A 15 percent tax rate would affect up to 20 of Malta’s largest employers
Nearly 20 large foreign companies may have to start paying three times as much in taxes as they do today once Malta is forced to introduce a new minimum corporate tax rate in 2023, according to sources working on the island tax plan.
Government sources have said that between 18 and 20 international companies, which employ thousands of people in lucrative industries such as gaming and business services, could see their tax exposure drop from 5% to 15%.
This would come into effect in January 2023, when Malta is expected to be forced to adopt a global minimum tax rate imposed by the Organization for Economic Co-operation and Development (OECD).
A high-level source said some of those employers have already indicated indirectly that they will consider closing their local operations if their tax exposure is tripled.
However, another source claimed that no employer had signaled their intention to leave the country.
The new tariffs are an offer by the OECD to crack down on countries like Malta that compete to offer the lowest tariffs.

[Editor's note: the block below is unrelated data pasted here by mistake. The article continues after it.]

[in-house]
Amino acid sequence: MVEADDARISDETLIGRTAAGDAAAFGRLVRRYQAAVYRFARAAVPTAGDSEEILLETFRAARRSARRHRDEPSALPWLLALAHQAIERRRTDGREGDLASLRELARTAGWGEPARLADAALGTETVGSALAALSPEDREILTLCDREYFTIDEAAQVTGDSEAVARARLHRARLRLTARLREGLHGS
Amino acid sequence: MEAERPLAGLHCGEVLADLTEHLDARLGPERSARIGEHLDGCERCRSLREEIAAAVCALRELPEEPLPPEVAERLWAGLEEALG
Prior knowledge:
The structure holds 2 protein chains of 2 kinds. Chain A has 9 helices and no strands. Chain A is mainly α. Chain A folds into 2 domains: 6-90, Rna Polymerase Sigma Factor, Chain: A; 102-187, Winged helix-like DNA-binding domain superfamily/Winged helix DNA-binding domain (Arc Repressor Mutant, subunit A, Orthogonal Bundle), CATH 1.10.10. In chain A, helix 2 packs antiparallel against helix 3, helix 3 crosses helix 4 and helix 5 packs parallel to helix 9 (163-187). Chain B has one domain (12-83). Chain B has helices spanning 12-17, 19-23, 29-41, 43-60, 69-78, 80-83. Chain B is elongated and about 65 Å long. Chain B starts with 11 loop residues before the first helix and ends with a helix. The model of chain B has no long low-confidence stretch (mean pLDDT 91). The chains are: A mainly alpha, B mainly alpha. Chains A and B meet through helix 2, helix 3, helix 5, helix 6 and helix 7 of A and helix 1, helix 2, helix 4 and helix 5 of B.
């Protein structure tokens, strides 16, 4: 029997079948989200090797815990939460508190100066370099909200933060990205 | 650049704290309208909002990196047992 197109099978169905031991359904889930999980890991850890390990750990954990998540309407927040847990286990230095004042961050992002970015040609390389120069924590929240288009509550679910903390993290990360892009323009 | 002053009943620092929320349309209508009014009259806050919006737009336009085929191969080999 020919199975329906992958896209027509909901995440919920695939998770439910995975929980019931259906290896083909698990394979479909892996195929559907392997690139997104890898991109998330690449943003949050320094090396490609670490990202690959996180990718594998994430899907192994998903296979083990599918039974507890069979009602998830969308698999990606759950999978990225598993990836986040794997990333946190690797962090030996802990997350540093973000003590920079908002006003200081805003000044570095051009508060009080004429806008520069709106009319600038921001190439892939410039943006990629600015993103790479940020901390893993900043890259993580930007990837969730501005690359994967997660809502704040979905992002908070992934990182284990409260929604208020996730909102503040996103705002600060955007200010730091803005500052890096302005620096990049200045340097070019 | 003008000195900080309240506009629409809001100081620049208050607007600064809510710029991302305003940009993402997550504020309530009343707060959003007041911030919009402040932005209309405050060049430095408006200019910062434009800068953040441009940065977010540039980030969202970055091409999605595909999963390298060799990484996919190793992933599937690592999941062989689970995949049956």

The rates will also apply to companies with an annual turnover of more than 750 million euros.
The OECD estimates that this will generate around â¬ 130 billion in additional global tax revenue each year.
According to estimates from the Ministry of Finance, local businesses that would be impacted by the new tax rules pay 50 to 60 million euros in taxes each year.
Malta has already subscribed to the principle of an OECD minimum rate, which is expected to be enacted into law next year for implementation early the following year.
Government sources said the issue was recently discussed when ministers met at the Auberge de Castille for their weekly cabinet meeting.
While Malta has accepted the OECD plan, the issue is still under discussion at the EU level, where the island hopes to negotiate “exclusions and concessions” that could limit the island’s exposure, the island said. the sources.
Change of direction of investments
According to cabinet sources, the government is already redirecting its foreign direct investments towards attracting international companies that do not reach the threshold of 750 million euros in turnover set by the OECD.
“We will now have to direct our efforts to attract this type of business,” said the source.
âThose who do just under the threshold. Not that we haven’t already, but it has now become even more of a priority. “
Malta has one of the highest corporate tax rates in the world, taxing 35 percent of corporate profits at the end of the year.
However, the island attracts foreign investment by offering foreign companies a series of discounts and benefits that allow them to reduce their corporate tax rate to 5% effective.
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